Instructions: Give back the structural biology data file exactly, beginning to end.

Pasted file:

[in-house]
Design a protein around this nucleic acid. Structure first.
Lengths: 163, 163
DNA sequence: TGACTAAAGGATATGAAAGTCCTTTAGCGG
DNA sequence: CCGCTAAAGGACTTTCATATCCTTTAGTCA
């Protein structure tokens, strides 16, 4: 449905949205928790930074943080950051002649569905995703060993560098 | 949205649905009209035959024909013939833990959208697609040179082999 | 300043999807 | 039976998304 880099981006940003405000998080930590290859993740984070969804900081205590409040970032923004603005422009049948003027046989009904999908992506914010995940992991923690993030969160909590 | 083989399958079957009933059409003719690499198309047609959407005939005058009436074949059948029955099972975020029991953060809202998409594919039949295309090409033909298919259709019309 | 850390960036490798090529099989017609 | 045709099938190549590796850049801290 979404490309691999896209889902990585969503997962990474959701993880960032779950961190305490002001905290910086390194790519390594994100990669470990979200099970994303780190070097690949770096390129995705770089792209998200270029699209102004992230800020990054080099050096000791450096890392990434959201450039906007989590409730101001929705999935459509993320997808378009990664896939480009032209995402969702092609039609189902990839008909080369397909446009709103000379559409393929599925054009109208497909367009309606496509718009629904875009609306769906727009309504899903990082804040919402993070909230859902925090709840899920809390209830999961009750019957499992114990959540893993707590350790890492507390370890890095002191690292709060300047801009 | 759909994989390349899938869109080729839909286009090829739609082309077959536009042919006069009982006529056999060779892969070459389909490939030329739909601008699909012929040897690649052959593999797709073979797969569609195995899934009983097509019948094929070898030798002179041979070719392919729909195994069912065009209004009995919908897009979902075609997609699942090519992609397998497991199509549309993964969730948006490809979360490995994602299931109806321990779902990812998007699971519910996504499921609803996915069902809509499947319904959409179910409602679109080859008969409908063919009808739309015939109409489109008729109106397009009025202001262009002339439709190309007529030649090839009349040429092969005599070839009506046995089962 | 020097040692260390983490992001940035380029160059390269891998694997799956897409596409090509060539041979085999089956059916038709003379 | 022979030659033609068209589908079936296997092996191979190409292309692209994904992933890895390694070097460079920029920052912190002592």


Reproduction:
[in-house]
Design a protein around this nucleic acid. Structure first.
Lengths: 163, 163
DNA sequence: TGACTAAAGGATATGAAAGTCCTTTAGCGG
DNA sequence: CCGCTAAAGGACTTTCATATCCTTTAGTCA
């Protein structure tokens, strides 16, 4: 449905949205928790930074943080950051002649569905995703060993560098 | 949205649905009209035959024909013939833990959208697609040179082999 | 300043999807 | 039976998304 880099981006940003405000998080930590290859993740984070969804900081205590409040970032923004603005422009049948003027046989009904999908992506914010995940992991923690993030969160909590 | 083989399958079957009933059409003719690499198309047609959407005939005058009436074949059948029955099972975020029991953060809202998409594919039949295309090409033909298919259709019309 | 850390960036490798090529099989017609 | 045709099938190549590796850049801290 979404490309691999896209889902990585969503997962990474959701993880960032779950961190305490002001905290910086390194790519390594994100990669470990979200099970994303780190070097690949770096390129995705770089792209998200270029699209102004992230800020990054080099050096000791450096890392990434959201450039906007989590409730101001929705999935459509993320997808378009990664896939480009032209995402969702092609039609189902990839008909080369397909446009709103000379559409393929599925054009109208497909367009309606496509718009629904875009609306769906727009309504899903990082804040919402993070909230859902925090709840899920809390209830999961009750019957499992114990959540893993707590350790890492507390370890890095002191690292709060300047801009 | 759909994989390349899938869109080729839909286009090829739609082309077959536009042919006069009982006529056999060779892969070459389909490939030329739909601008699909012929040897690649052959593999797709073979797969569609195995899934009983097509019948094929070898030798002179041979070719392919729909195994069912065009209004009995919908897009979902075609997609699942090519992609397998497991199509549309993964969730948006490809979360490995994602299931109806321990779902990812998007699971519910996504499921609803996915069902809509499947319904959409179910409602679109080859008969409908063919009808739309015939109409489109008729109106397009009025202001262009002339439709190309007529030649090839009349040429092969005599070839009506046995089962 | 020097040692260390983490992001940035380029160059390269891998694997799956897409596409090509060539041979085999089956059916038709003379 | 022979030659033609068209589908079936296997092996191979190409292309692209994904992933890895390694070097460079920029920052912190002592």